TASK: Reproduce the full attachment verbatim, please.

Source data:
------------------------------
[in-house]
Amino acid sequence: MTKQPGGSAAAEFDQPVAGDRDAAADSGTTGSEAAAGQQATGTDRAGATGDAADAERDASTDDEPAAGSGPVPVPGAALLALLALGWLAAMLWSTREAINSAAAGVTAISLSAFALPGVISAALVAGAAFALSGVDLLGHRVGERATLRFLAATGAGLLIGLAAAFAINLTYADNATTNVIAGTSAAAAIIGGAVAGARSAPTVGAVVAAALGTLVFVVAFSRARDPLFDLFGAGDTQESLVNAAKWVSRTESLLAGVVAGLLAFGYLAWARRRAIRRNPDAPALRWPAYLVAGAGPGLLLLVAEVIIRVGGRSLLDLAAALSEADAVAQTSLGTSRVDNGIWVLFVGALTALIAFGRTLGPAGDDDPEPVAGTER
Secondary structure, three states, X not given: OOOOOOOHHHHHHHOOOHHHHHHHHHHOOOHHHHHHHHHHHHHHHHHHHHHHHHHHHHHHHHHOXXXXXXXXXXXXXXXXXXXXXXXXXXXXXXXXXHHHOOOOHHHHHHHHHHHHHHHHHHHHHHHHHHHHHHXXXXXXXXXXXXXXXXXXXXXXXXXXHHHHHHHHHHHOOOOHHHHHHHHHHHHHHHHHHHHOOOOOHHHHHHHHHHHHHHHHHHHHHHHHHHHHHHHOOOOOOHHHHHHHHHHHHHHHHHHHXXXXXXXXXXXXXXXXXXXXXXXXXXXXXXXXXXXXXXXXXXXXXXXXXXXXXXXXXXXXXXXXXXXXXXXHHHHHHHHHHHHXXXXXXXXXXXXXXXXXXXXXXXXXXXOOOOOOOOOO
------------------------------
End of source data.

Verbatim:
[in-house]
Amino acid sequence: MTKQPGGSAAAEFDQPVAGDRDAAADSGTTGSEAAAGQQATGTDRAGATGDAADAERDASTDDEPAAGSGPVPVPGAALLALLALGWLAAMLWSTREAINSAAAGVTAISLSAFALPGVISAALVAGAAFALSGVDLLGHRVGERATLRFLAATGAGLLIGLAAAFAINLTYADNATTNVIAGTSAAAAIIGGAVAGARSAPTVGAVVAAALGTLVFVVAFSRARDPLFDLFGAGDTQESLVNAAKWVSRTESLLAGVVAGLLAFGYLAWARRRAIRRNPDAPALRWPAYLVAGAGPGLLLLVAEVIIRVGGRSLLDLAAALSEADAVAQTSLGTSRVDNGIWVLFVGALTALIAFGRTLGPAGDDDPEPVAGTER
Secondary structure, three states, X not given: OOOOOOOHHHHHHHOOOHHHHHHHHHHOOOHHHHHHHHHHHHHHHHHHHHHHHHHHHHHHHHHOXXXXXXXXXXXXXXXXXXXXXXXXXXXXXXXXXHHHOOOOHHHHHHHHHHHHHHHHHHHHHHHHHHHHHHXXXXXXXXXXXXXXXXXXXXXXXXXXHHHHHHHHHHHOOOOHHHHHHHHHHHHHHHHHHHHOOOOOHHHHHHHHHHHHHHHHHHHHHHHHHHHHHHHOOOOOOHHHHHHHHHHHHHHHHHHHXXXXXXXXXXXXXXXXXXXXXXXXXXXXXXXXXXXXXXXXXXXXXXXXXXXXXXXXXXXXXXXXXXXXXXXHHHHHHHHHHHHXXXXXXXXXXXXXXXXXXXXXXXXXXXOOOOOOOOOO